Local stakeholders and environmental watchdog, Coastwatch, have criticised ‘ industrial scale’ dredging for mussel seed in Dalkey Sound, in close proximity to a busy shoreline and harbour south of Dublin City.
“What we watched for several hours were three relatively large trawlers dredging almost every square inch of the seabed in this narrow area – at times as close as about six to eight metres from Dillon’s Park shoreline.
“We fully understand the practice of seed mussel gathering – but not at an industrial level in such a delicate and popular leisure area and so close to the shore,” Des Burke-Kennedy told Inshore Ireland.
Local fishermen also recorded a sharp drop in their minimal catches following a period of similar dredging in 2016.
In a statement, the Sea-Fisheries Protection Authority said targeting mussel seed was an annual occurrence and was ‘open and available’ to operators to target.
No specific preclusion attaches to fishing or more specifically, relating to mussel seed extraction in this location.
‘Nonetheless, in keeping with standard practice for all vessels operating within the Irish Exclusive Economic Zone (EEZ), they are actively tracked by electronic means so to location and duration of their activity is monitored fully,’ the statement reads.
Special Protected Areas (SPAs) and Special Areas of Conservation (SACs) have particular features of flora and fauna, identified by the National Parks and Wildlife to which protection is afforded under the ‘site specific’ legislation relating to each SAC or SPA.
‘In terms of the Dalkey area, the SPA is directed to three particular tern species, namely Roseate Tern, Common Tern and Arctic Tern. SAC provisions are in place within the Rockabill to Dalkey Island SAC for the protection of porpoise and underwater reef features. Monitoring is ongoing within the Fisheries Monitoring Centre and by SFPA locally,’ the statement concluded.
Coastwatch reported “dozens of calls” of fishing vessels Emerald Gratia, Rona and Branding trawling with heavy iron chain dredges, “delicately draped in ‘sacrifice plastic’ dolly ropes which could turn your stomach,” remarked coordinator, Karin Dubsky.
“This is a biodiversity hotspot where a mix of habitats — from reef with a kelp bed band to boulder, sand and mud — provide a rich supply of food and shelter. Mussel spat tends to settle there when planktonic larvae come into the eddies and currents between Dalkey island and mainland. It’s like a high protein food carpet that umpteen other species feed on.”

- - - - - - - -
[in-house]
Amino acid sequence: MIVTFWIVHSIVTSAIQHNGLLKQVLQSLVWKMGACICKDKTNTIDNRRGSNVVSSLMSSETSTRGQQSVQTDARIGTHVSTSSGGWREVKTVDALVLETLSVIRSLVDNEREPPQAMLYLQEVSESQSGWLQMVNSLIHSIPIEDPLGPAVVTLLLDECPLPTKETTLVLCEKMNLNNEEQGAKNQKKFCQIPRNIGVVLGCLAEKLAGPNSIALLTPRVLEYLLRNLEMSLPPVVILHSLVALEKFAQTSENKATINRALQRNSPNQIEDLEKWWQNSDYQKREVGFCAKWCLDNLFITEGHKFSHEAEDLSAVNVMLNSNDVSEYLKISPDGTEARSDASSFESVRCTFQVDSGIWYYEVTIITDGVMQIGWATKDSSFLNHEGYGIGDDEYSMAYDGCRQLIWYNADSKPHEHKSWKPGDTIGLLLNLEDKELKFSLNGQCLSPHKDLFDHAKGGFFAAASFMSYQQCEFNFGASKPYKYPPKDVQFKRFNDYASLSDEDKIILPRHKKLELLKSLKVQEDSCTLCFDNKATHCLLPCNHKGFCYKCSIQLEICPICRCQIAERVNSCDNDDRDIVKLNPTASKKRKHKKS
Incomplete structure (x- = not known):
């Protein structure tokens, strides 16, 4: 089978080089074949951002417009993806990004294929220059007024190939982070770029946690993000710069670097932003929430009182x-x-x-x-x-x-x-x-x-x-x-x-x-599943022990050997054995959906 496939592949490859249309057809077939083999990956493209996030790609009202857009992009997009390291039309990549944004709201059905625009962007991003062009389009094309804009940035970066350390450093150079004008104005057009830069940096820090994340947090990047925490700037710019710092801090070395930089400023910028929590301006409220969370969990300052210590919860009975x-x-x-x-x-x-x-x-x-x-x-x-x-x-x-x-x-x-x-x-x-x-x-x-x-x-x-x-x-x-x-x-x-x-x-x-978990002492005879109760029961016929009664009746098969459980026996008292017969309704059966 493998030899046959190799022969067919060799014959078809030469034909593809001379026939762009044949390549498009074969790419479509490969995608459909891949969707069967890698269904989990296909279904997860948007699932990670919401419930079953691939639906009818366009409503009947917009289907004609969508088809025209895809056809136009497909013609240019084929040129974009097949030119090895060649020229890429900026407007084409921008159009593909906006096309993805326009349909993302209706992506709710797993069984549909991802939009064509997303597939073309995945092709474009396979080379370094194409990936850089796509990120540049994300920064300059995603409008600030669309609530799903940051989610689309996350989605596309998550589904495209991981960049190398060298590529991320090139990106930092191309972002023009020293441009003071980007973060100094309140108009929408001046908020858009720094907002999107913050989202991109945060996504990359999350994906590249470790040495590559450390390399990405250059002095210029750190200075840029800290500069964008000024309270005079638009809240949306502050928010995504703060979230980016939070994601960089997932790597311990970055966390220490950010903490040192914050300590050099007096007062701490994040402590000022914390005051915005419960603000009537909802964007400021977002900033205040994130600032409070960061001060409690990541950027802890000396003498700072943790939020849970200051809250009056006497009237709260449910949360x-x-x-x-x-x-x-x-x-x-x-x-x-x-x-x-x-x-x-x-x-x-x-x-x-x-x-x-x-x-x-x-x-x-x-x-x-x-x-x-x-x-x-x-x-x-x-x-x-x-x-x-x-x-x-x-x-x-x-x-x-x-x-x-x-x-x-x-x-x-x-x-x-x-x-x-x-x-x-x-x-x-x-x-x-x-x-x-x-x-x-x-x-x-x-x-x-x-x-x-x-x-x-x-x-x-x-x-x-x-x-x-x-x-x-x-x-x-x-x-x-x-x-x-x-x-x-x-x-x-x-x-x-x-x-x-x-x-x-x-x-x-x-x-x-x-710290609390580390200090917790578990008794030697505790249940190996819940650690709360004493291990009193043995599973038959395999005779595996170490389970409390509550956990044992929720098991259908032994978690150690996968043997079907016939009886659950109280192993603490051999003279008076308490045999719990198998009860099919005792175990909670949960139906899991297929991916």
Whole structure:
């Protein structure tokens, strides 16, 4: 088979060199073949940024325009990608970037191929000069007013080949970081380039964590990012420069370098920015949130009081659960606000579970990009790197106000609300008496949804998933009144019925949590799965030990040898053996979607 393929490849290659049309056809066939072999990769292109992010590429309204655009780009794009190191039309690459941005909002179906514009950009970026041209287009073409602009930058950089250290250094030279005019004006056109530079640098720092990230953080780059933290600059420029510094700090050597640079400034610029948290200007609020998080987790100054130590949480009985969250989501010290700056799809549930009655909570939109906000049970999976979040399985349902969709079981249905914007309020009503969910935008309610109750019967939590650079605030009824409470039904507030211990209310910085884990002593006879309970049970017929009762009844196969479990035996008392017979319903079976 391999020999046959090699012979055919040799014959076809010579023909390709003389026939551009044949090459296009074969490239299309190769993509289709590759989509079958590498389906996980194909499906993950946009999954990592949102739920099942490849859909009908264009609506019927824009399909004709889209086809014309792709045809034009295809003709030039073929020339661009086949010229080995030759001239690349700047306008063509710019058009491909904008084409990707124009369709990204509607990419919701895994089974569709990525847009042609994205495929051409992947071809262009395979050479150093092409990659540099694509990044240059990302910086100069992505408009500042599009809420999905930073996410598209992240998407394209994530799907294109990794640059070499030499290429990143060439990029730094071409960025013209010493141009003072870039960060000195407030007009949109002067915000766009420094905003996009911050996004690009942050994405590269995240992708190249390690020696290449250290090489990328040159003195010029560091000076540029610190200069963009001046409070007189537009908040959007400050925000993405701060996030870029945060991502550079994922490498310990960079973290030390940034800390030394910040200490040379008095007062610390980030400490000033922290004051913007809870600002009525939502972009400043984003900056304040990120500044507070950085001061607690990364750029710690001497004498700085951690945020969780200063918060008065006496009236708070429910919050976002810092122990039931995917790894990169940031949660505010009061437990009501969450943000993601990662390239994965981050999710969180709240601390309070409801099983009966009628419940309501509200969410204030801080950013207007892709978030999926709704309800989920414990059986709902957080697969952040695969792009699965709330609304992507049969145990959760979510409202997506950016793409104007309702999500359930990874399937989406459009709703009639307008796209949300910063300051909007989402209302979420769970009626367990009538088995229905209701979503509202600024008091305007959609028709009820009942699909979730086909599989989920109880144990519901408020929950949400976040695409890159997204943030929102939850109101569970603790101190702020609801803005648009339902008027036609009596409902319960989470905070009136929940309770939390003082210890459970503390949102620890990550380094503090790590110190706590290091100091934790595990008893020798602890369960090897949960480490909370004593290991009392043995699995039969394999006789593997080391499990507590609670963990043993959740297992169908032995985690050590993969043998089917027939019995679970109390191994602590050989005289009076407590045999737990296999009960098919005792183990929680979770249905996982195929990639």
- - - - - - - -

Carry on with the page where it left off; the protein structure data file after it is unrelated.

Dalkey Sound is also a feeding for harbour porpoises and the resident seal population. These species are described as ‘qualifying interest’ in the Rockabill to Dalkey Natura 2000 site.
“There are clear legal obligations to protect their feeding and resting ground. Among the obligations is the precautionary principle: If you cannot exclude that a plan or an activity might have a significant impact, then you should not permit that activity,” warns Karin.
“Initially we thought mussel seed collection in this area was illegal but when plotting the exclusion zone coordinates provided on the DAFM website and speaking to SFPA and Coastguard officers, it became clear that dredging is permitted under licence in this ‘marine protected area’ (SAC), despite National Parks and Wildlife Service advice to the contrary.
“Coastwatch fully supports NPWS advice that this area should be closed to dredging as there is insufficient information to judge the impact on the cetaceans for which the site is protected,” she added.
The activity was closely watched by local Coastwatchers who remarked they saw no official adjacent to the shore or in a patrol vessel and that nobody boarded the vessels to assess what was being dredged and the by-catch.
“Nobody surveyed the sea floor afterwards as two of the vessels steamed off to Belfast. We will be asking divers to report on the actual position.”